I’ve always assumed our country would provide an opportunity for my grandkids to have “middle class” lives, since it seemed our economy was growing. Recently the following statistics came to my attention, and now I am not at all certain. Consider the changes in 2009:
• 61% of Americans “always or usually” live paycheck to paycheck. 2007-43% and 2008–49%.
• 24% have postponed retirement age in the last year.
• Over 1,400,000 filed for bankruptcy in 2009. 32% more than in 2008.
• For the first time, banks own more residential housing net worth than all individuals together.
• The bottom 50% of income earners own less than 1% of the nations’ wealth.
• The average federal worker earns 60% more than the average private sector worker.
• The average time to find a job has risen to 35.2 weeks.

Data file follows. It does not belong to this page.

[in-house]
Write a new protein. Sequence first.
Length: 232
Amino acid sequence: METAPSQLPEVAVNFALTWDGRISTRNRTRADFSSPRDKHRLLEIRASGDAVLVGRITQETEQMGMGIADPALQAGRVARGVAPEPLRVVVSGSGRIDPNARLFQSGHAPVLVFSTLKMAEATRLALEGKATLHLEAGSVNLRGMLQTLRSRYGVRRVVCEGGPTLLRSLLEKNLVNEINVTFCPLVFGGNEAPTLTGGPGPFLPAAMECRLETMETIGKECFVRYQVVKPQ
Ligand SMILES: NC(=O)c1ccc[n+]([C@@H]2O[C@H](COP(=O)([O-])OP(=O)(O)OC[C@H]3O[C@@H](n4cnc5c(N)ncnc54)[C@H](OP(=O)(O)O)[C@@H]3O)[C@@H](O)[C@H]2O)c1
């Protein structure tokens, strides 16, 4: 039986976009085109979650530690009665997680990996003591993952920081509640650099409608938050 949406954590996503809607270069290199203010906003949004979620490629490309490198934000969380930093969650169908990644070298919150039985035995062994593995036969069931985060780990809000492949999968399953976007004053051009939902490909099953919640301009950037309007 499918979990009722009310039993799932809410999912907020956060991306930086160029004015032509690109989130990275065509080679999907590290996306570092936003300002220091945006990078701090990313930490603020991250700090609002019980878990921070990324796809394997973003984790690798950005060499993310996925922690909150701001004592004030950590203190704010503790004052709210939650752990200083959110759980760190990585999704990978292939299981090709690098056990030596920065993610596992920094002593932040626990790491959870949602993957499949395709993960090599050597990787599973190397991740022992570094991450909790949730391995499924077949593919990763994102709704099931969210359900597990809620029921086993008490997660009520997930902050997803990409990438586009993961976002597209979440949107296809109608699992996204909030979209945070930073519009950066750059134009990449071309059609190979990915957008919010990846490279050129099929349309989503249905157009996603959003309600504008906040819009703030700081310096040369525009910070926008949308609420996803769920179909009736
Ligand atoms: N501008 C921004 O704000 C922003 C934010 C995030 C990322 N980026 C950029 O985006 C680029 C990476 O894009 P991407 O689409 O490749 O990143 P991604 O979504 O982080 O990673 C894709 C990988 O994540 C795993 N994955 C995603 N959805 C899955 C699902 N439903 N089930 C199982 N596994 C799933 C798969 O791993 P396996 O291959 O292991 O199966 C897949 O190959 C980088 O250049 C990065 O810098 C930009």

• Service jobs, generally lower paying, provide more than 40% of all jobs.
• Over 40,000,000 are on food stamps. Next year it will be 43,000,000.
• In China, garment workers work for 86 cents an hour. In Cambodia, 22 cents.
• The top 10% of earners make about 50% of total American income.
• 21% of children live below the poverty line.
• The number of millionaires rose 16% to 7,800,000.
Our nation is becoming more and more like the other nations with no middle class. With the “global economy” (read labor pool) and the added medical costs of Obamacare, the rush will be greater than ever to use the cheaper labor. Only about 5% of workers are entrepreneurs. The other 95% only want to get a check each week for the hours worked. Pay is going to be lower due to the number of unemployed. Currently, there are about 6 people looking for every job opening. Remaining in the “middle class” is going to be very difficult. Encourage your grandchildren to work for themselves.
Q: When was the Federal Reserve created?
A: President Wilson signed the Federal Reserve Act into law in 1913 setting up the Federal Reserve as the “lender of last resort” to avoid devastating runs on banks.
Q: Is the Federal Reserve a bank?